The girls however do not just go with any guy who wants them. They are free to decline an offer from a guy if they don’t like him or if they do not trust him. Ethiopian girls are very sensitive to the way a guy treats them and very careful because it is a dangerous place for a girl. The management of most bars also prefers if a working girl stays in the bar instead of going with a customer, especially if she is very good-looking(there are few good-looking girls in most bars), because they make more money if she stays all night and makes many guys happy with her presence which will result in many extra beer sales. S told me most bars in the Piazza only get between 200 to 300 bir barfine for a girl (which is around 7 to 10 USD) and the girl can negotiate her own price with the customer. After you negotiate with the girl for her fee and it is agreed and it is time to go home together, you will be presented with a tab consisting of the barfine + the price for the drinks. In Thai bars the lady drinks are usually more expensive than the drinks the punter has, but this is never the case in bars in Ethiopia. The beers and other drinks all have a fixed price and that price is the same for everybody.

Oftentimes the girls will request payment for her service upfront, I had already told S that I totally did not like this policy but it is kind of normal in most bars in Ethiopia, but because most of the girls in the Piazza know S he could negotiate with the girls that I would pay their fee in the morning.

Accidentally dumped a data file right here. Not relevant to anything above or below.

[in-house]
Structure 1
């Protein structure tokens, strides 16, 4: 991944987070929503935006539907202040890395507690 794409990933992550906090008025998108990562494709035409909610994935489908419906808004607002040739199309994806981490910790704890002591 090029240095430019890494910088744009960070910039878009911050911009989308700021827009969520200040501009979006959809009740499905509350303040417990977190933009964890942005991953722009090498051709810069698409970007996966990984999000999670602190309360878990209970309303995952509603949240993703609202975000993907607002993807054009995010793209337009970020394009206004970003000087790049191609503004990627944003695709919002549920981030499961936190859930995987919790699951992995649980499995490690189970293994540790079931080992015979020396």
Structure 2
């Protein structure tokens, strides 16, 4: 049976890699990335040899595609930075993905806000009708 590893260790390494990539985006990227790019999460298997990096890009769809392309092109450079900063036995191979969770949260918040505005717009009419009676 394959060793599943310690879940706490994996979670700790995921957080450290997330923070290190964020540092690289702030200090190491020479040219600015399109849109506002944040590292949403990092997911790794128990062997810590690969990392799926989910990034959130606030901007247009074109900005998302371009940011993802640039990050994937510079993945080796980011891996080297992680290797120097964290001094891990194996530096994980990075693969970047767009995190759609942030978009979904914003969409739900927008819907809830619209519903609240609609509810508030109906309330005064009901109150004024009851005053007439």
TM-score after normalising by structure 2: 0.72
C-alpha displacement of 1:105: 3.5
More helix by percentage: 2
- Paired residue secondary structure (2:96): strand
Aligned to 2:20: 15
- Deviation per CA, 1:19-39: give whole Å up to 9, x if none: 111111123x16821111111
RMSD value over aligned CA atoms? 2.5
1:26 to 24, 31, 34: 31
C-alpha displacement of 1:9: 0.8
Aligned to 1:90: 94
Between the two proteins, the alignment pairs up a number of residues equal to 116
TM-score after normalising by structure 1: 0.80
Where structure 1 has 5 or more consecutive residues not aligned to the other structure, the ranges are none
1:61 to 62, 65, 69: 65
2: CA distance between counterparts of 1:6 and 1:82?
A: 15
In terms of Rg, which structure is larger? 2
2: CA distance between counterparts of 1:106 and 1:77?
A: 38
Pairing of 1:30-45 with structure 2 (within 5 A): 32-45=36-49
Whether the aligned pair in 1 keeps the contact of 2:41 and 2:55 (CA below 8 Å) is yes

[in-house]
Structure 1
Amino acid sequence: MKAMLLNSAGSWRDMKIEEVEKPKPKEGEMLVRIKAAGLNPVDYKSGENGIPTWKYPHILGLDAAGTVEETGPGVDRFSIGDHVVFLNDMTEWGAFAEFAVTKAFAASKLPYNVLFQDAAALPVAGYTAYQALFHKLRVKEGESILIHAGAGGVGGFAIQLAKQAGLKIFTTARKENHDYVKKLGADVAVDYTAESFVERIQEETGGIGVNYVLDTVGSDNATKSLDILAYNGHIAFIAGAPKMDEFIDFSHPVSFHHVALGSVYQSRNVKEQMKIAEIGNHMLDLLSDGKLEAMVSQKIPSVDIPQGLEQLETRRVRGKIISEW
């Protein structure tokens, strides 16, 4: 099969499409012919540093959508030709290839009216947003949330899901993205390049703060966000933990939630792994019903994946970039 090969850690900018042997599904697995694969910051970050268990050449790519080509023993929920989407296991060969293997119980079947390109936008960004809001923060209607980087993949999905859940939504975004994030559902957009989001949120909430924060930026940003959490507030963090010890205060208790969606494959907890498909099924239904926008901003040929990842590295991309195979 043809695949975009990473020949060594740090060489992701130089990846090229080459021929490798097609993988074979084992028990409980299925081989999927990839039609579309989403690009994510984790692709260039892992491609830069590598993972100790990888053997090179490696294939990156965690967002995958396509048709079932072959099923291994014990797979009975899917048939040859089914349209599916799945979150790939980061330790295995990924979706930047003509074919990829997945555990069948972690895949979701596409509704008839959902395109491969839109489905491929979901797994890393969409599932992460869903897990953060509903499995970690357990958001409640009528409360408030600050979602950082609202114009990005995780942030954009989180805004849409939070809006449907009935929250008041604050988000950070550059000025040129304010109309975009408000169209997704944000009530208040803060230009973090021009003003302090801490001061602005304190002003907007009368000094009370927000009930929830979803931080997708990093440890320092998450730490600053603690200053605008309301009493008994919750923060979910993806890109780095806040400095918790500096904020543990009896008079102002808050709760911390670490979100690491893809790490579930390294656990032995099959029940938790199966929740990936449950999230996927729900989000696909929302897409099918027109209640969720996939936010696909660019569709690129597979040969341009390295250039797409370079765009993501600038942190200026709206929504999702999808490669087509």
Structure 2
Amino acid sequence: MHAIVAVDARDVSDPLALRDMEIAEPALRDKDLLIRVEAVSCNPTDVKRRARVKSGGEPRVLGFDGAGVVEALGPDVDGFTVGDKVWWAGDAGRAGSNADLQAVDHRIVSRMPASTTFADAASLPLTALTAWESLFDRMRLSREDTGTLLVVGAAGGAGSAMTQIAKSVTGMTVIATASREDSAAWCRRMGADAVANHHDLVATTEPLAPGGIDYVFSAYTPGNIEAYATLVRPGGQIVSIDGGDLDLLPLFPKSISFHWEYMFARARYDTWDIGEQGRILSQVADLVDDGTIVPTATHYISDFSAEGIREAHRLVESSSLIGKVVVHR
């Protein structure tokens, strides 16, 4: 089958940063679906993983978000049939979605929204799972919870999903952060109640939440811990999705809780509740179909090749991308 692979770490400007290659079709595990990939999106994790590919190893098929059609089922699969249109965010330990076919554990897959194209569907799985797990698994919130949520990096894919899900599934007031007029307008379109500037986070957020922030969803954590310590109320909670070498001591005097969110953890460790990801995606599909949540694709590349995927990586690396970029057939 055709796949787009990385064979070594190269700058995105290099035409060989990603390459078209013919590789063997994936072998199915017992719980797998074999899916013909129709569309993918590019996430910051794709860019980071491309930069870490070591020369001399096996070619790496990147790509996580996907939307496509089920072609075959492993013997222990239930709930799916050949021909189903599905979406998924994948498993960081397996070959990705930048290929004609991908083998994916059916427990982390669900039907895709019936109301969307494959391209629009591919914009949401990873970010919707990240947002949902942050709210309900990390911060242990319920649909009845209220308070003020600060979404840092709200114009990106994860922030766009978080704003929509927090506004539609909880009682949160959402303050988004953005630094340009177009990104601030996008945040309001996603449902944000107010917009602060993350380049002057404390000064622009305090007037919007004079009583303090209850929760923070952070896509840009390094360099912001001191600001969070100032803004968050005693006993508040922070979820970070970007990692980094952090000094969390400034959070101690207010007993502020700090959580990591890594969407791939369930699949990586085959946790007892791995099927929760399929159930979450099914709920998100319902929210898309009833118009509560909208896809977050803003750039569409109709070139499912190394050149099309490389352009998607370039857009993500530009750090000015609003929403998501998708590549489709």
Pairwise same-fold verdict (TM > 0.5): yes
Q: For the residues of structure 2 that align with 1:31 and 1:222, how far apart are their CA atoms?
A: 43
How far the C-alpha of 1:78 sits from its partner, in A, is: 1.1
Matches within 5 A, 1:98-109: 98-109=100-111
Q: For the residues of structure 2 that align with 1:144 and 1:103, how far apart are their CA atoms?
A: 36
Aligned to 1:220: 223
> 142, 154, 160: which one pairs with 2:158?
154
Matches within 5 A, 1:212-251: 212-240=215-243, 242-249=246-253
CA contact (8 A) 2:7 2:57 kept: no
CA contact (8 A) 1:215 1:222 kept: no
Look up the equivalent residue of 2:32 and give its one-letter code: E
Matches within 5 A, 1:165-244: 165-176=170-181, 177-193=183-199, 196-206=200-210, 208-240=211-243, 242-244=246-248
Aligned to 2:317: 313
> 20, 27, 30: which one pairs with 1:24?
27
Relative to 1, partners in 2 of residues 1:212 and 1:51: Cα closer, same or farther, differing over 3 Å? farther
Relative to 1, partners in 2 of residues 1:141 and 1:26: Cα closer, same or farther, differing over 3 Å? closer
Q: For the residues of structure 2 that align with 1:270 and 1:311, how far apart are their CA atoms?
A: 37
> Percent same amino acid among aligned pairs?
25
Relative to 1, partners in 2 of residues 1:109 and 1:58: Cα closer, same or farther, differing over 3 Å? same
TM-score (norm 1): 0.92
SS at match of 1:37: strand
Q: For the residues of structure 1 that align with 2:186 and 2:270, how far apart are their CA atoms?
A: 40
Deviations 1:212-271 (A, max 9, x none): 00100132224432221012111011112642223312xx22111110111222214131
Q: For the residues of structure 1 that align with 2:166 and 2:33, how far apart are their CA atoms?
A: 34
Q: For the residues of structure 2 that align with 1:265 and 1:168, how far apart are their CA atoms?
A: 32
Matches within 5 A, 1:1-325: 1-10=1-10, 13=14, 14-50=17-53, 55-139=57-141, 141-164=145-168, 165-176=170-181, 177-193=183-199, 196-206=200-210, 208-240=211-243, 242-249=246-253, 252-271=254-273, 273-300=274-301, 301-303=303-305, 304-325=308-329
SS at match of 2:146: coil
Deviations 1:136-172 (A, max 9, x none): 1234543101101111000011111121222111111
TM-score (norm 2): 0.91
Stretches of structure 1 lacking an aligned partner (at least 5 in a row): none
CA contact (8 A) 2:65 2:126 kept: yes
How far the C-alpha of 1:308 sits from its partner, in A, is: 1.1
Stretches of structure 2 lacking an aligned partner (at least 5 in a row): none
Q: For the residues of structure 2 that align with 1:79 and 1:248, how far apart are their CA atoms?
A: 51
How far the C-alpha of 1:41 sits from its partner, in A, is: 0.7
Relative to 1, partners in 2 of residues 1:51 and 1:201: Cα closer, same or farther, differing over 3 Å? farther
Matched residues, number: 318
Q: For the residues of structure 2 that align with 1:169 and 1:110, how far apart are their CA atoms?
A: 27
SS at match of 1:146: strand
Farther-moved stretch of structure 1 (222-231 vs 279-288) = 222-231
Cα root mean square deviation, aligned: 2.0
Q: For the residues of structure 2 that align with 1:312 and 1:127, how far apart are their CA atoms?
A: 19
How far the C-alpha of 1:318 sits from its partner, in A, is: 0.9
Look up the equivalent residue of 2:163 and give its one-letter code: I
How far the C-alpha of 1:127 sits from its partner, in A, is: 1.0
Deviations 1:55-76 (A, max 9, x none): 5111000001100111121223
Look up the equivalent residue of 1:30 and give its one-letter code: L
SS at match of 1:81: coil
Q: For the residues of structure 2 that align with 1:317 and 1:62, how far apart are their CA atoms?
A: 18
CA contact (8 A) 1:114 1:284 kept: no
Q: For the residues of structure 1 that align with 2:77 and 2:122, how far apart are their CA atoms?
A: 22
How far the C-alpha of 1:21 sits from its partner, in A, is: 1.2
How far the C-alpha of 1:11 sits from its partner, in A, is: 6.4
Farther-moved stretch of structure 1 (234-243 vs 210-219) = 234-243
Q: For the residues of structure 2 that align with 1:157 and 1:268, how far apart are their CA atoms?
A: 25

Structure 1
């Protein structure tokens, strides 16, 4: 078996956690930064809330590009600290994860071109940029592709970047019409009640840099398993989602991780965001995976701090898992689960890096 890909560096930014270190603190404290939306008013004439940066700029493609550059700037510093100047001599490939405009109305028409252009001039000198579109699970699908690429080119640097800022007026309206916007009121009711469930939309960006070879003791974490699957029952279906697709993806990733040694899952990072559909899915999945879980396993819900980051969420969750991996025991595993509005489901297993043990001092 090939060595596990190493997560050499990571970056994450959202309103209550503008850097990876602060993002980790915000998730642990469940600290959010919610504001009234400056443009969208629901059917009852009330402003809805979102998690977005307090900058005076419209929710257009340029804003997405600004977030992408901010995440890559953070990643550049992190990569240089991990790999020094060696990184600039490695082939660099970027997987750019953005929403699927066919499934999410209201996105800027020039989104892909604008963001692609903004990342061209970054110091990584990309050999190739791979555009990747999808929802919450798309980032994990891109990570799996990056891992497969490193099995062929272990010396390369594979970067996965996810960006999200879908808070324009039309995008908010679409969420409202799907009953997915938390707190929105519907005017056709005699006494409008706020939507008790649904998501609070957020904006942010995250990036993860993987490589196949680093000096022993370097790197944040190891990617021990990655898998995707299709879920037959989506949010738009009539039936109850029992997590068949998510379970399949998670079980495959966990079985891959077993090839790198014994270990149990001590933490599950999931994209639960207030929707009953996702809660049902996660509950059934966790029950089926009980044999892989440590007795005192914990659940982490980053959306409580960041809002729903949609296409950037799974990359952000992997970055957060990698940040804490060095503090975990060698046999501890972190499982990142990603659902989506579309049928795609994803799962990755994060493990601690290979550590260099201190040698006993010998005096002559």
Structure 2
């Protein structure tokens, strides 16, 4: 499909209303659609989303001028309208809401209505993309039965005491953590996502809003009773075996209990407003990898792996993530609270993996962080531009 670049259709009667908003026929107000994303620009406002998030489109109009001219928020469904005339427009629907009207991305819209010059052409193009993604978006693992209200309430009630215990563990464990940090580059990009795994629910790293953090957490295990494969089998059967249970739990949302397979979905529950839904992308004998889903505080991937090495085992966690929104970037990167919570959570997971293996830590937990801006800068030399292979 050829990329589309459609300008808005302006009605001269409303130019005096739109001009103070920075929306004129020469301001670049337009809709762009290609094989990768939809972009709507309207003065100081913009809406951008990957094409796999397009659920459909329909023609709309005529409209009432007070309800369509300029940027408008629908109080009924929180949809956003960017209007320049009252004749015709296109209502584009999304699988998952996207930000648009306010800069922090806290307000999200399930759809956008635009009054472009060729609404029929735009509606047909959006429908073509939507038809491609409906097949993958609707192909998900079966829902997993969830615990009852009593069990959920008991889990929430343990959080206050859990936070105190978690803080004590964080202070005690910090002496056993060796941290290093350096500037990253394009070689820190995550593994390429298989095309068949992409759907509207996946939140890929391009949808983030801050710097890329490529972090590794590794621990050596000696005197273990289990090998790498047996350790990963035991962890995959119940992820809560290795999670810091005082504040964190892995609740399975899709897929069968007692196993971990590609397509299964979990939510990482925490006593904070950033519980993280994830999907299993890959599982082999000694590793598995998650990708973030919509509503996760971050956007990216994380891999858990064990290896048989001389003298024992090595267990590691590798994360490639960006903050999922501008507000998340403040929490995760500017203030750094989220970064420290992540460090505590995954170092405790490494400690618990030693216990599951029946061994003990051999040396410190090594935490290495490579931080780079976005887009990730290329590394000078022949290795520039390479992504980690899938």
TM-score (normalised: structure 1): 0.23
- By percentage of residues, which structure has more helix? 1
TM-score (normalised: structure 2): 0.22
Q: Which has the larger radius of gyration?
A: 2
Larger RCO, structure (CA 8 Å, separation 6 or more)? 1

Anyway one has to make the girl like him to be able to take her out of the bar, that is even more important with the girls that are in high demand, they have many options so they can be choosy. The girl (Fiora)was a little apprehensive at first (they do not regularly meet western guys) and I could not really communicate with her since her English ability was just 10% or so, but somehow we struck a cord, mostly thanks to S who is a great joker and can everyone at ease very easily and of course the beers. She started loosening up after around 4 beers and I managed to find my funny bone (using Google translate on my Samsung to tell and ask her all kind of stupid things in of course wrong sounding Ethiopian which she found increasingly funny). It was my first night and I felt actually great to be there and I felt more and more happy and confident (a state I usually never manage to feel in Indonesia or Thailand) after every beer. Anyway when S asked her if she wanted to join us to the club in the Piazza, a place the bargirls really like to be invited to because it has Air conditioning and looks upscale and has a dance floor and good music, she was more than happy to say yes. Then the negotiation started, S had told me that the average girl usually charges around 1000 bir for an all-nighter (around 35 USD) but the really pretty and sexy ones usually charge double that so I expected she would quote around 2000 bir or even more, and they often start higher anyway because they want to get as much out of it as possible. Fiora and S were discussing and I was waiting the outcome. After they were done S motioned me over and whispered in my ear “1500 including barfine. I could not believe my ears. Around 50 USD. She had already showed me some of her nude pictures on her phone so I knew she had a near perfect body. Anyway we went to the club and had a great time, after that S kinder brought me to my hotel with the girl in a taxi and after that he left for his home, thus ending my first day in Ethiopia.

The author can be contacted at : [email protected]